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Single women are a force to be reckoned with in residential real estate.

Despite dealing with lower incomes than men, a pricey housing market and increasingly expensive mortgages, they comprise the second largest group of homebuyers — and have done every year since 1981, according to the National Association of Realtors (NAR). As of 2023, single women made up 17 percent of all homebuyers. Single men, by contrast, accounted for just 9 percent. (Couples, both married and unmarried, remain the dominant group: buyers in about 70 percent of real estate purchases.)

While they often have to sacrifice to make it happen, single women are a very determined, motivated group of buyers and they’re not letting daunting odds prevent them from achieving the American Dream of homeownership.

Single women U.S. homeowner statistics:
  • Single women own and occupy 10.76 million homes in the U.S.
  • 12.9% of American owner-occupied homes belong to single women
  • It wasn’t until 1900 that all states allowed women to hold property in their own names
  • It wasn’t until 1974 that women were apply for and obtain mortgages on their own —without a male co-signer
  • The median age of a single female first-time homebuyer is 38, compared to 37 for a single male
  • Women spend about 2% more when they buy a house than men and sell for 2% less. As a result, they realize 1.5% annualized lower returns, or $1,600 a year, on their homes. Sounds small, but it adds up to $20,000 over 13 years (the U.S. average length of homeownership)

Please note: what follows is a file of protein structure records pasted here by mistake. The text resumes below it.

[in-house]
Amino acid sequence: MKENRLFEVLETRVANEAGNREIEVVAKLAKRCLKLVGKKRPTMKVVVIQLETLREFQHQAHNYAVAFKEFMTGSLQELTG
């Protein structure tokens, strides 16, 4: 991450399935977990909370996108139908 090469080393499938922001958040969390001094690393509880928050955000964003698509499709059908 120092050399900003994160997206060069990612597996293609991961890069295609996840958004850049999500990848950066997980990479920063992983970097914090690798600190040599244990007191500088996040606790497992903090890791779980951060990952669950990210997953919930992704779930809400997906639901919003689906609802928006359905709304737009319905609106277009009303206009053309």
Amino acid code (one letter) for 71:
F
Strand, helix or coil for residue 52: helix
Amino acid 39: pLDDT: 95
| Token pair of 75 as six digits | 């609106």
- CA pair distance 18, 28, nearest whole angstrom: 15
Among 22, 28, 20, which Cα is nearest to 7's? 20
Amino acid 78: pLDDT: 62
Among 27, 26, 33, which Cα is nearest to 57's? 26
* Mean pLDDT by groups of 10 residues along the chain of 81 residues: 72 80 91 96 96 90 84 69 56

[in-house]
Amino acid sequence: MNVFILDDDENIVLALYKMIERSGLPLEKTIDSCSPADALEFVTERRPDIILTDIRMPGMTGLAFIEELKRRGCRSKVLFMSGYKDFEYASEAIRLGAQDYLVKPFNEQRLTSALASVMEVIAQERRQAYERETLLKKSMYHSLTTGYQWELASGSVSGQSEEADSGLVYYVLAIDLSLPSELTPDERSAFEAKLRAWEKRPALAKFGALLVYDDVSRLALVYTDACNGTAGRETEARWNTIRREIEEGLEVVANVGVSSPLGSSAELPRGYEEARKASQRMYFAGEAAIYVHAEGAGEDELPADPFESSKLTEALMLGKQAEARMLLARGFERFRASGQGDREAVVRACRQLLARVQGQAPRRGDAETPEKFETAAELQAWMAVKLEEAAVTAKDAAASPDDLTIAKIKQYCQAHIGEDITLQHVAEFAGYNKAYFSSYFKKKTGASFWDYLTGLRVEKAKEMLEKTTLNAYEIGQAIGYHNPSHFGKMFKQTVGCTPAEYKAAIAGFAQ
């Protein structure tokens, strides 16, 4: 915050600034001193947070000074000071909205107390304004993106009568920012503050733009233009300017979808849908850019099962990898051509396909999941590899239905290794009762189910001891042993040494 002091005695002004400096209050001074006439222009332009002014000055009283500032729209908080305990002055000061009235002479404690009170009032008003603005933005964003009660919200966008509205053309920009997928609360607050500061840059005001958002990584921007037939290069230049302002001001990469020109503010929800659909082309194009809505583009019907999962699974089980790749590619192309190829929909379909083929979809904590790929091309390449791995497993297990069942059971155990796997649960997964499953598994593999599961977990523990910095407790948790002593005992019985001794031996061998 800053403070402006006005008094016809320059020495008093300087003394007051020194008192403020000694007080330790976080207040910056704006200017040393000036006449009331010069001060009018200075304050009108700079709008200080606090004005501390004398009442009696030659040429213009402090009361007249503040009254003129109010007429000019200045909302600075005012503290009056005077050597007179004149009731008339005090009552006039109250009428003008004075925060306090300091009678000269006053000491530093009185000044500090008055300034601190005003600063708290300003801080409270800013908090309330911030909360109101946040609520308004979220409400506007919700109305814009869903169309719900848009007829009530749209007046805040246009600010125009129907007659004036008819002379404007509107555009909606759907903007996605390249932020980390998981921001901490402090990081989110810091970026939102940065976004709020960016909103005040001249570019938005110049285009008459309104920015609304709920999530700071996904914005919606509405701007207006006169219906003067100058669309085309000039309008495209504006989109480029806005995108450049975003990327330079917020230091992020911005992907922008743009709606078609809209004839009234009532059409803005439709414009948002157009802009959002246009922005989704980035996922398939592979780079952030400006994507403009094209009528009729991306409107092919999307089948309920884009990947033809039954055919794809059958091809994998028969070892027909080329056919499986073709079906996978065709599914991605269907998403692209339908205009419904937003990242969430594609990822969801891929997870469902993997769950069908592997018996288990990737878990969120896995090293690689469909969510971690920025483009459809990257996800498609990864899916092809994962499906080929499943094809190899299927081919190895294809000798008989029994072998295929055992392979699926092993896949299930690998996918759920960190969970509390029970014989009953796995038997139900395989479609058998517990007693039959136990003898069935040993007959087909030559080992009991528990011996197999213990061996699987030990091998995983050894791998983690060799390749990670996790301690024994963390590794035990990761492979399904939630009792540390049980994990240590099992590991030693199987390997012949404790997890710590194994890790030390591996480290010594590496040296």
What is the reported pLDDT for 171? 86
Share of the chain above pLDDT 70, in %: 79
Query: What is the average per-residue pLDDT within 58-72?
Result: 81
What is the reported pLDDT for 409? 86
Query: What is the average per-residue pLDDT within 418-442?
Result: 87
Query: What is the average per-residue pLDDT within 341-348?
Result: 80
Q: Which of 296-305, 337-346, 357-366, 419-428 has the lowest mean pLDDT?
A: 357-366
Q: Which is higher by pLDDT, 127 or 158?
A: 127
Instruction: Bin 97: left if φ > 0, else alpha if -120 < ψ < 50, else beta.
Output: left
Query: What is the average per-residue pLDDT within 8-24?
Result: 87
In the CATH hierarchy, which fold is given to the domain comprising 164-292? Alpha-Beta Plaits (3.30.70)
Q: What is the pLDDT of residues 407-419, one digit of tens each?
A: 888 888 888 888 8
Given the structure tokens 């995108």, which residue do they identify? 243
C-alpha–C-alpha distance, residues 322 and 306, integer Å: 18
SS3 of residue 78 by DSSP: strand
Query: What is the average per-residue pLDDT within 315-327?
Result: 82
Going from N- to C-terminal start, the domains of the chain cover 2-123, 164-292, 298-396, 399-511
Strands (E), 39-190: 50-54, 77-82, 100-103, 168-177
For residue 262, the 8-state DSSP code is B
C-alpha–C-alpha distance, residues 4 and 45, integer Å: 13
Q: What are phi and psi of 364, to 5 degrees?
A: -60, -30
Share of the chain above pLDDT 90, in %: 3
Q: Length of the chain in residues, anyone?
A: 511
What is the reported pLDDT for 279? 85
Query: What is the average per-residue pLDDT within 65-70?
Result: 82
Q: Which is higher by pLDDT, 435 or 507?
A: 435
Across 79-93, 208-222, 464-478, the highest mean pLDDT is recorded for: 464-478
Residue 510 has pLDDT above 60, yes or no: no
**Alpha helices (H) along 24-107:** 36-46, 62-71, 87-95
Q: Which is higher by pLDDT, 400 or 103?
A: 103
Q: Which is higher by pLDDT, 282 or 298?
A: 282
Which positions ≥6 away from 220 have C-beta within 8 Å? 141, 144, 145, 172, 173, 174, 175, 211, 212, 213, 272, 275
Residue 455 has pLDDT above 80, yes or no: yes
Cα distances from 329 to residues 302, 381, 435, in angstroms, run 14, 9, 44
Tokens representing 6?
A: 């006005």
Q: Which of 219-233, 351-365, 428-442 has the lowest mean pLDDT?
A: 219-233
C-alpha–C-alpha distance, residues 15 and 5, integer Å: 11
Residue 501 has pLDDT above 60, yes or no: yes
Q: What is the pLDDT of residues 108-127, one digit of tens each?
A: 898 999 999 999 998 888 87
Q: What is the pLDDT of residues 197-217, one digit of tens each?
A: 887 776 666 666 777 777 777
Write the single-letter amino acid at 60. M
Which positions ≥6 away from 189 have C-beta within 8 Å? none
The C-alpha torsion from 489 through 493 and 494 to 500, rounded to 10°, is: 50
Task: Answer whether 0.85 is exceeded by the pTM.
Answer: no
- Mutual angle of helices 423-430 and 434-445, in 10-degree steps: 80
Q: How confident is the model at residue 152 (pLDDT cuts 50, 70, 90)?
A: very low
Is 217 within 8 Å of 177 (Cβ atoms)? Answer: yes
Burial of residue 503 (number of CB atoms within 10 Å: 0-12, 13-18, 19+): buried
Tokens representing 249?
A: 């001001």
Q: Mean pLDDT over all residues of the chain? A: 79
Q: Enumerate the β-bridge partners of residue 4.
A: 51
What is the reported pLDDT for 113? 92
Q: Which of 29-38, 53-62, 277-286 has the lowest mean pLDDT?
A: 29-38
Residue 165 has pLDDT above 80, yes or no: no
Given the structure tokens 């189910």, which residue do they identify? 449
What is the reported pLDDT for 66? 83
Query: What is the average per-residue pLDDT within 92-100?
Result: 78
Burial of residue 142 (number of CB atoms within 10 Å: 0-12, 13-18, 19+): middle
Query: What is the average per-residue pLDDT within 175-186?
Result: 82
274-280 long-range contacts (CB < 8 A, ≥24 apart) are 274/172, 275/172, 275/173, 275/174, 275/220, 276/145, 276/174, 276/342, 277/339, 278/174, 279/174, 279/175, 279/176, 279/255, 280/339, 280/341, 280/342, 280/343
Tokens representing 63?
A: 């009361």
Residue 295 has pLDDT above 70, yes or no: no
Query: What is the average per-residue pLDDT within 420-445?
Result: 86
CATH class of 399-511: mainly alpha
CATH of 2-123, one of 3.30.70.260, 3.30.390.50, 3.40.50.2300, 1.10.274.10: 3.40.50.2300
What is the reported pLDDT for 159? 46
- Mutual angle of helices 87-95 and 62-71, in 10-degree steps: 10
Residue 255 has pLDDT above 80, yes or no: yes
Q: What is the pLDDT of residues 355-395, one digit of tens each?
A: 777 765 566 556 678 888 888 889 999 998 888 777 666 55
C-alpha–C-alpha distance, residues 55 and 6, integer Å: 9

• 17% of today’s single homebuyers are women; 9% are single men, compared to 11% and 10%, respectively, in 1981

There are many reasons why single women seek to become homeowners. One of the leading motivations is they simply want the freedom of owning their own home, according to NAR data. In addition, women often pursue homeownership (or homeownership in their own names) after a destabilizing change in their family situation — such as a divorce or a death — suddenly makes them single.

Some also pursue homeownership for happier reasons as well: after the birth of a child, to be close to friends and family or due to a job change (especially a more lucrative one). Still others do so to escape the uncertainties of the rental market, including regular rent increases and the possibility of a lease not being renewed.